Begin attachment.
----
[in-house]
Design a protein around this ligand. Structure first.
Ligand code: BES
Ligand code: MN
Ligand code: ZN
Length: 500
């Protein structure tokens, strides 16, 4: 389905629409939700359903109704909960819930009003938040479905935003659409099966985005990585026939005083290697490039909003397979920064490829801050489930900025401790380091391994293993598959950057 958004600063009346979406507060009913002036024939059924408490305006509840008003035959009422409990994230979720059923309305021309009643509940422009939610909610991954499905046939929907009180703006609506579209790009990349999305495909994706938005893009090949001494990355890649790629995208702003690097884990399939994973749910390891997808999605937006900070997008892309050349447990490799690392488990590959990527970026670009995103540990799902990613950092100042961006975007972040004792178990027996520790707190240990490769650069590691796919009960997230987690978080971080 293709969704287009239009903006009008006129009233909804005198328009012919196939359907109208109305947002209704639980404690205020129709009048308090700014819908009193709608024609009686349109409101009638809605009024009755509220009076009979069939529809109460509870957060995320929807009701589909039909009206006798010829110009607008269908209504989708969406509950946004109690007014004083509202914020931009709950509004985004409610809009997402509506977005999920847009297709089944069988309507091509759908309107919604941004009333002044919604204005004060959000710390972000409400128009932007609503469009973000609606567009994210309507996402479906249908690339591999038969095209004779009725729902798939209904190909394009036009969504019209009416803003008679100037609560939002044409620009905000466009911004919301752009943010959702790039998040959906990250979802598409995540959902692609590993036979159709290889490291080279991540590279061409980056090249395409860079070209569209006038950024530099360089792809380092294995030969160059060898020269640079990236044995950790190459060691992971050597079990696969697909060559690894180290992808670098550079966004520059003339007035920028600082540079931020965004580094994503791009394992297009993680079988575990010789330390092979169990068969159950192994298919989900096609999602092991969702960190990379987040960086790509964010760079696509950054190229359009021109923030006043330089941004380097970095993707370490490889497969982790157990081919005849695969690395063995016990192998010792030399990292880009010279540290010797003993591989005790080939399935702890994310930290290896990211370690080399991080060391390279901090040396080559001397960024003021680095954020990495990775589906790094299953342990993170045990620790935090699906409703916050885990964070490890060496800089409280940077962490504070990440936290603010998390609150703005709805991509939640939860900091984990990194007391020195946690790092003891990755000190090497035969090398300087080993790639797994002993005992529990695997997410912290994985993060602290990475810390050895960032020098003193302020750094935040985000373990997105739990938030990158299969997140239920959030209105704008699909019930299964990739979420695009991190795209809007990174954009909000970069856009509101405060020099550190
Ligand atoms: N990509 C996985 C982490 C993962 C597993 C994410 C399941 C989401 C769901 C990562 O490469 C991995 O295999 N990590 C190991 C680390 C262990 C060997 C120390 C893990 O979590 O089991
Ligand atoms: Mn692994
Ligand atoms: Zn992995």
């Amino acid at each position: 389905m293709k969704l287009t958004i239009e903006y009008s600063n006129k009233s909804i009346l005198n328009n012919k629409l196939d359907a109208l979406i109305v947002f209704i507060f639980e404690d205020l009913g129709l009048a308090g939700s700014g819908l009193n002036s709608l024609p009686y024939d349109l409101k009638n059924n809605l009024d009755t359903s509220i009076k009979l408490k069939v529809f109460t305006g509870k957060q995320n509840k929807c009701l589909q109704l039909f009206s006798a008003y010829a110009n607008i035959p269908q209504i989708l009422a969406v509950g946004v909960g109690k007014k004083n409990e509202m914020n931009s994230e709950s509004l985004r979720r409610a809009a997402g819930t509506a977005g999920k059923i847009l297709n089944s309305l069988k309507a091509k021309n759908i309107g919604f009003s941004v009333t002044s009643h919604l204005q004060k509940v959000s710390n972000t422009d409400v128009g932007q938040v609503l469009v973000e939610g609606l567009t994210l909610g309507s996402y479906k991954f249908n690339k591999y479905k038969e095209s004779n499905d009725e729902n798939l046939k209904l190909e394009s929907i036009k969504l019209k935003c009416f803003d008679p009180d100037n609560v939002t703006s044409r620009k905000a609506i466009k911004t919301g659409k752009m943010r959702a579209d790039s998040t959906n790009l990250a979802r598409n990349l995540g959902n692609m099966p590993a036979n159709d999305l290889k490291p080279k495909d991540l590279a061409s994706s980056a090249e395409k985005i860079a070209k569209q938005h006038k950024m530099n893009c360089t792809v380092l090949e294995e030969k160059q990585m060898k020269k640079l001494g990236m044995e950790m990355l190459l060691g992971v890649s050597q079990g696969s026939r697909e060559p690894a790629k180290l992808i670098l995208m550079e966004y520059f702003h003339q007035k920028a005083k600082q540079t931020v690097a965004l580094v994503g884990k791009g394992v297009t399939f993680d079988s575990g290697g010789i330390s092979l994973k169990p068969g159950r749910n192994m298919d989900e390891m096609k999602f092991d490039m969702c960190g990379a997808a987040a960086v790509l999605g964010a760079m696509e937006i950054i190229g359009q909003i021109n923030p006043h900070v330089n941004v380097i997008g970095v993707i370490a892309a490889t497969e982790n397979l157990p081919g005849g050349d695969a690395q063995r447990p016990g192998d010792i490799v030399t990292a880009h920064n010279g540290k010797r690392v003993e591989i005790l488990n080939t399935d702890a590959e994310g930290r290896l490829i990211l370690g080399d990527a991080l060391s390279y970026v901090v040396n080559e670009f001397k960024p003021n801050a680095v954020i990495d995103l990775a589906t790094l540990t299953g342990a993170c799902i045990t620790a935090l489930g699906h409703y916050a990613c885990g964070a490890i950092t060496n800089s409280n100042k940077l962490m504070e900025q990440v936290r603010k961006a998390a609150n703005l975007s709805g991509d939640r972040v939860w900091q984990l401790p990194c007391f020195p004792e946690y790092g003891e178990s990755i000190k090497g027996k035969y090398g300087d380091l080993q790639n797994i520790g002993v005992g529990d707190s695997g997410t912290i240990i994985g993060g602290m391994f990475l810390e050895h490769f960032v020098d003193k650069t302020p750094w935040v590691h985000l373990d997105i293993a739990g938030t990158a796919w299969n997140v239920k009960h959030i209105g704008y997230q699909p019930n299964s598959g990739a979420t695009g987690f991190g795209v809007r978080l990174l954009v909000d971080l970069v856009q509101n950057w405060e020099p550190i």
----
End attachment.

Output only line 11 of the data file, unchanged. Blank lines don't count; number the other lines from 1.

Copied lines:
């Amino acid at each position: 389905m293709k969704l287009t958004i239009e903006y009008s600063n006129k009233s909804i009346l005198n328009n012919k629409l196939d359907a109208l979406i109305v947002f209704i507060f639980e404690d205020l009913g129709l009048a308090g939700s700014g819908l009193n002036s709608l024609p009686y024939d349109l409101k009638n059924n809605l009024d009755t359903s509220i009076k009979l408490k069939v529809f109460t305006g509870k957060q995320n509840k929807c009701l589909q109704l039909f009206s006798a008003y010829a110009n607008i035959p269908q209504i989708l009422a969406v509950g946004v909960g109690k007014k004083n409990e509202m914020n931009s994230e709950s509004l985004r979720r409610a809009a997402g819930t509506a977005g999920k059923i847009l297709n089944s309305l069988k309507a091509k021309n759908i309107g919604f009003s941004v009333t002044s009643h919604l204005q004060k509940v959000s710390n972000t422009d409400v128009g932007q938040v609503l469009v973000e939610g609606l567009t994210l909610g309507s996402y479906k991954f249908n690339k591999y479905k038969e095209s004779n499905d009725e729902n798939l046939k209904l190909e394009s929907i036009k969504l019209k935003c009416f803003d008679p009180d100037n609560v939002t703006s044409r620009k905000a609506i466009k911004t919301g659409k752009m943010r959702a579209d790039s998040t959906n790009l990250a979802r598409n990349l995540g959902n692609m099966p590993a036979n159709d999305l290889k490291p080279k495909d991540l590279a061409s994706s980056a090249e395409k985005i860079a070209k569209q938005h006038k950024m530099n893009c360089t792809v380092l090949e294995e030969k160059q990585m060898k020269k640079l001494g990236m044995e950790m990355l190459l060691g992971v890649s050597q079990g696969s026939r697909e060559p690894a790629k180290l992808i670098l995208m550079e966004y520059f702003h003339q007035k920028a005083k600082q540079t931020v690097a965004l580094v994503g884990k791009g394992v297009t399939f993680d079988s575990g290697g010789i330390s092979l994973k169990p068969g159950r749910n192994m298919d989900e390891m096609k999602f092991d490039m969702c960190g990379a997808a987040a960086v790509l999605g964010a760079m696509e937006i950054i190229g359009q909003i021109n923030p006043h900070v330089n941004v380097i997008g970095v993707i370490a892309a490889t497969e982790n397979l157990p081919g005849g050349d695969a690395q063995r447990p016990g192998d010792i490799v030399t990292a880009h920064n010279g540290k010797r690392v003993e591989i005790l488990n080939t399935d702890a590959e994310g930290r290896l490829i990211l370690g080399d990527a991080l060391s390279y970026v901090v040396n080559e670009f001397k960024p003021n801050a680095v954020i990495d995103l990775a589906t790094l540990t299953g342990a993170c799902i045990t620790a935090l489930g699906h409703y916050a990613c885990g964070a490890i950092t060496n800089s409280n100042k940077l962490m504070e900025q990440v936290r603010k961006a998390a609150n703005l975007s709805g991509d939640r972040v939860w900091q984990l401790p990194c007391f020195p004792e946690y790092g003891e178990s990755i000190k090497g027996k035969y090398g300087d380091l080993q790639n797994i520790g002993v005992g529990d707190s695997g997410t912290i240990i994985g993060g602290m391994f990475l810390e050895h490769f960032v020098d003193k650069t302020p750094w935040v590691h985000l373990d997105i293993a739990g938030t990158a796919w299969n997140v239920k009960h959030i209105g704008y997230q699909p019930n299964s598959g990739a979420t695009g987690f991190g795209v809007r978080l990174l954009v909000d971080l970069v856009q509101n950057w405060e020099p550190i």